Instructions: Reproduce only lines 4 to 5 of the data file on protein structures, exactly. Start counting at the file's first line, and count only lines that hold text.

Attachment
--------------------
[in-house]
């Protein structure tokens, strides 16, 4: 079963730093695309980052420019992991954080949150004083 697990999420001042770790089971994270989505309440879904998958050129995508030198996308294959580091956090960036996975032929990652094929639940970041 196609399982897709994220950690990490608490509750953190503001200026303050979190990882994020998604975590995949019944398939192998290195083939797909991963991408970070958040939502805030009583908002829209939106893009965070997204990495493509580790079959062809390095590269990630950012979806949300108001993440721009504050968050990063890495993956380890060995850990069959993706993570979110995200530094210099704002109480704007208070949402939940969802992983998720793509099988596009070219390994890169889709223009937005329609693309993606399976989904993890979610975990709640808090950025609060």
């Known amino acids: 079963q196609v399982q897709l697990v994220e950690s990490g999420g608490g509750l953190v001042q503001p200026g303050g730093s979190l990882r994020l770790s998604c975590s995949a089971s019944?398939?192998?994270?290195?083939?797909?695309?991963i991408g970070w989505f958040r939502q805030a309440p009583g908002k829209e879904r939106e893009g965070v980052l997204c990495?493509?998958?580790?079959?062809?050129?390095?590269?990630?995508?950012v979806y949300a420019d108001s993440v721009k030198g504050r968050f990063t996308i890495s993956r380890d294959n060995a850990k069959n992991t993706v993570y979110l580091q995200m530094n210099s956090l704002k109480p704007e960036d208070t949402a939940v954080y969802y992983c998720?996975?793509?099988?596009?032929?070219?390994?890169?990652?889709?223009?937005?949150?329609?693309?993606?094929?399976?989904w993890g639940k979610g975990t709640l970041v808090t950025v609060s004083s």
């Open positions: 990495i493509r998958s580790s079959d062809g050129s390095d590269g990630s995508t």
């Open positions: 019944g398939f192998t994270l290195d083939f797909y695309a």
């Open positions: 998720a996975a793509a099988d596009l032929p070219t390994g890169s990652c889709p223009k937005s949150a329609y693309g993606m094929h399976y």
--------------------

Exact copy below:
């Open positions: 990495i493509r998958s580790s079959d062809g050129s390095d590269g990630s995508t």
């Open positions: 019944g398939f192998t994270l290195d083939f797909y695309a």